China: Falun Gong a global threat
HONG KONG, China (CNN) -- Beijing has taken its nationwide campaign to discredit the Falun Gong movement to an international stage, calling the spiritual group a threat to civilized society all over the world.
Speaking to reporters in his first news conference as spokesman of China's embassy in Washington, Xie Feng said the Falun Gong "cult has never stopped breaking [the] law and committing crimes."
The latest step in China's battle against the Falun Gong, which Beijing now brands as a quasi-terrorist sect, follows the alleged hijacking of state-run satellites to broadcast pro-Falun Gong propaganda last month by group members based outside the country.
"By openly and deliberately attacking the Sinosat in contempt of international laws and the regulations, the Falun Gong cult was unscrupulously breaking the order of wireless communications and launching a challenge against civilization," Xie said in Washington on Monday.
"The international community should unite in condemning and punishing this cult," Xie said.
A Falun Gong spokesperson rejected Xie's claims as another unsubstantiated slanderous attack made by Beijing in an attempt to legitimize its crackdown on the group.
"All these accusations are groundless. Where is the proof?" Sophie Xiao, spokeswoman for Falun Gong in Hong Kong told CNN.
"What you have seen in the past three years is the most peaceful, non-violent demonstrations [by Falun Gong followers] in the world. Truthfulness, compassion and tolerance -- that's the essence and universal characteristics of Falun Gong."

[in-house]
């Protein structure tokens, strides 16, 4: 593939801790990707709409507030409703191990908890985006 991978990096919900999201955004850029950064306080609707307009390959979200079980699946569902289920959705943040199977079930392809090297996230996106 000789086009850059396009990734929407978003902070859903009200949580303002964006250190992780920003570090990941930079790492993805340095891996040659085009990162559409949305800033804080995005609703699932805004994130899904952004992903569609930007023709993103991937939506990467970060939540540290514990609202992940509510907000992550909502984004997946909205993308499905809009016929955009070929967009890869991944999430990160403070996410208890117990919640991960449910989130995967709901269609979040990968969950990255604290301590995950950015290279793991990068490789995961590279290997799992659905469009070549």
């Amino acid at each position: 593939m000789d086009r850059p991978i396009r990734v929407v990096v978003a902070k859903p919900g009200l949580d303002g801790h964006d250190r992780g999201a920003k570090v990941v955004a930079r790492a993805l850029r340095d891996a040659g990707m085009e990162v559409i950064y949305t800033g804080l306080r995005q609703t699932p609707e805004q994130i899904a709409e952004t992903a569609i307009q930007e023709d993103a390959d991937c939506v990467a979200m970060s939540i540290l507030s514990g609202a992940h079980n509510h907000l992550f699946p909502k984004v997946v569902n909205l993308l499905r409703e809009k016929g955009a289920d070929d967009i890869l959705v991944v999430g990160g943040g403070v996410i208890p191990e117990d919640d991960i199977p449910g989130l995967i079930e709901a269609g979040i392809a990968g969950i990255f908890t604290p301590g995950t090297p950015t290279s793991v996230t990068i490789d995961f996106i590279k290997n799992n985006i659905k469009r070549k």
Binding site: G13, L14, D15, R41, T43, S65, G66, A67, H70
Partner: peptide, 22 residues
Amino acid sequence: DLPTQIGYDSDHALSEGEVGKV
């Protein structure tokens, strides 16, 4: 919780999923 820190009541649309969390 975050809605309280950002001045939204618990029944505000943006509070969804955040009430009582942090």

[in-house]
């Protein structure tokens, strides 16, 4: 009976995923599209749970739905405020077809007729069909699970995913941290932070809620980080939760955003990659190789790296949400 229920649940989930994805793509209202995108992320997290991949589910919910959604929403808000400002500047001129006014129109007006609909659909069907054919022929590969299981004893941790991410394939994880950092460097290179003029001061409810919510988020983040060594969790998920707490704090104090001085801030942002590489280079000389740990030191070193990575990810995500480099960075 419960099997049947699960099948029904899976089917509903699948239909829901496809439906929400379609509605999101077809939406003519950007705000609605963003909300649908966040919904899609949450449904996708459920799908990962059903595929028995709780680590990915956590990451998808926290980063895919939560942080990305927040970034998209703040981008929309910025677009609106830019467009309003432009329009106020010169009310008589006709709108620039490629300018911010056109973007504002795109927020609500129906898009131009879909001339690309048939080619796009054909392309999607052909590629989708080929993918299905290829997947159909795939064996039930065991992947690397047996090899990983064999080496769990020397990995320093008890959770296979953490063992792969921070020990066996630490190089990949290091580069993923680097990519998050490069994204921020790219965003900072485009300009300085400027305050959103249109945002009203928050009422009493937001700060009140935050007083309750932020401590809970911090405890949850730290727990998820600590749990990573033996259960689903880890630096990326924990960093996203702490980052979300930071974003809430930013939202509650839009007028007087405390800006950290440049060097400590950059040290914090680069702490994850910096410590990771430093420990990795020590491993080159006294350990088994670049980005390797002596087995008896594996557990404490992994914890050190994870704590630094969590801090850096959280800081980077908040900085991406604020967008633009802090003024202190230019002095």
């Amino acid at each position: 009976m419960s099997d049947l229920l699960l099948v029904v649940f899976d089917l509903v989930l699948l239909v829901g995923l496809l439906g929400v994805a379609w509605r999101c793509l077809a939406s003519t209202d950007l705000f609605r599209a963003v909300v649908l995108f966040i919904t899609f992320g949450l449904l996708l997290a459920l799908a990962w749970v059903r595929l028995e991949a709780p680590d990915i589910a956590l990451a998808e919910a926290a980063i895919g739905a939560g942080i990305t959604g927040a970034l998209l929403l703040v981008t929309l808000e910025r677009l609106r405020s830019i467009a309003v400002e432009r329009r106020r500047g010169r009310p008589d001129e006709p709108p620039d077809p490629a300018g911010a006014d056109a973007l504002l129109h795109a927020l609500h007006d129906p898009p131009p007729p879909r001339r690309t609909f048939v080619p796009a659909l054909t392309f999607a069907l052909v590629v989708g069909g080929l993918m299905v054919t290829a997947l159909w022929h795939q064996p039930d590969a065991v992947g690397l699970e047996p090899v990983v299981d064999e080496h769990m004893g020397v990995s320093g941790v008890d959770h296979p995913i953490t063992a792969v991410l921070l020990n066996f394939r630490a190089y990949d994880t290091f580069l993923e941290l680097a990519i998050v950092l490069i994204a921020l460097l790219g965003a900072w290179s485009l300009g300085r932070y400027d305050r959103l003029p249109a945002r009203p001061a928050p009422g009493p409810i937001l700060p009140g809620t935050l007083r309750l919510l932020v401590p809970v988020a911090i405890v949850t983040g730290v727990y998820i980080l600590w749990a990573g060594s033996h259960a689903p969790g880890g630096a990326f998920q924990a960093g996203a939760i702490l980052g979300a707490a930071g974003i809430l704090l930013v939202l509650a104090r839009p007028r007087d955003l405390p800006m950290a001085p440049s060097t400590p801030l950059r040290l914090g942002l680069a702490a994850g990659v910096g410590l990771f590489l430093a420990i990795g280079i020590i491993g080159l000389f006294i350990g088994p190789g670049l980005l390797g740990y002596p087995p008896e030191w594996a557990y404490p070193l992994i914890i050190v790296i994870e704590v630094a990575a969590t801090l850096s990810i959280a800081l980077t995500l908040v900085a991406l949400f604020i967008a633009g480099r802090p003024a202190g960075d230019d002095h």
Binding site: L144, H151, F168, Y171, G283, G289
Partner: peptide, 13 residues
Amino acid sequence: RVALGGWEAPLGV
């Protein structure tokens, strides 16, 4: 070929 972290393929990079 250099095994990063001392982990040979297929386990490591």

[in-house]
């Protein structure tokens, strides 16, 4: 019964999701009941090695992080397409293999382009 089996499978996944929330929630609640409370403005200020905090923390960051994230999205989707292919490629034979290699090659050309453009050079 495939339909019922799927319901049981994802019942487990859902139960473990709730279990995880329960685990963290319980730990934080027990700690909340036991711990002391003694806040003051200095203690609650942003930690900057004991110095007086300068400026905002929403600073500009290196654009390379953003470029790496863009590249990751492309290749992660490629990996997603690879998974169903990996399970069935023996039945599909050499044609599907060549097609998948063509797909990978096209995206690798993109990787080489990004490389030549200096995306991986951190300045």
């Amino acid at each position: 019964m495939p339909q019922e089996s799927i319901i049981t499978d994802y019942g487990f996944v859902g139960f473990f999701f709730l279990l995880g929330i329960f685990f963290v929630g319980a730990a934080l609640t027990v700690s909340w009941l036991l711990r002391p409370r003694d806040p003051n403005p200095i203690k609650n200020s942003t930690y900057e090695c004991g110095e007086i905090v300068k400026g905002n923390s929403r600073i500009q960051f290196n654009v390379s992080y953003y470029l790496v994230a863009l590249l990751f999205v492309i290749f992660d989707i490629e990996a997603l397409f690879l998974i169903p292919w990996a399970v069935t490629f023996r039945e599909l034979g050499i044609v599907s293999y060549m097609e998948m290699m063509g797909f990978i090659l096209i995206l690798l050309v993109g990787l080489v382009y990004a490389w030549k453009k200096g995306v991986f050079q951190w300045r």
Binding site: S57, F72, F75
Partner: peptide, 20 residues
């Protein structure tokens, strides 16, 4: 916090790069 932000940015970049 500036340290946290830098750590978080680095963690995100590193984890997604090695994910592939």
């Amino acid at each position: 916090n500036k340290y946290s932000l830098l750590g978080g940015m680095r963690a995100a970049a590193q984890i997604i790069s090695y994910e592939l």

Xiao also said there was no evidence that the satellite broadcast hijacking in June had been perpetrated by Falun Gong members, arguing that the level of sophistication to tap into the signal was too complex.
"Nobody could rightly think it was us," Xiao said. "They are looking for international sympathy for their three years of brutal persecutions against millions of people."
Shift in attack
Xie's comments mark a noticeable shift in the focus of Beijing's campaign against the Falun Gong, analysts say.
In past anti-Falun Gong propaganda salvoes, the emphasis had been on the damage the group had allegedly done to the health of gullible worshippers and their relatives.
But now Beijing is moving the battleground to an international level, looking to put pressure on Western governments, like the United States, which had allowed Falun Gong cells to recruit new members in their countries of exile, analysts say. (Full story)
Falun Gong, based on traditional Chinese religions and meditation exercises, acquired millions of followers in the mid-1990s before it was banned by Beijing in July 1999 and denounced as an "evil cult."
Since it was outlawed, thousands of members have been detained and activists based outside China claim hundreds have died and been tortured while in custody.
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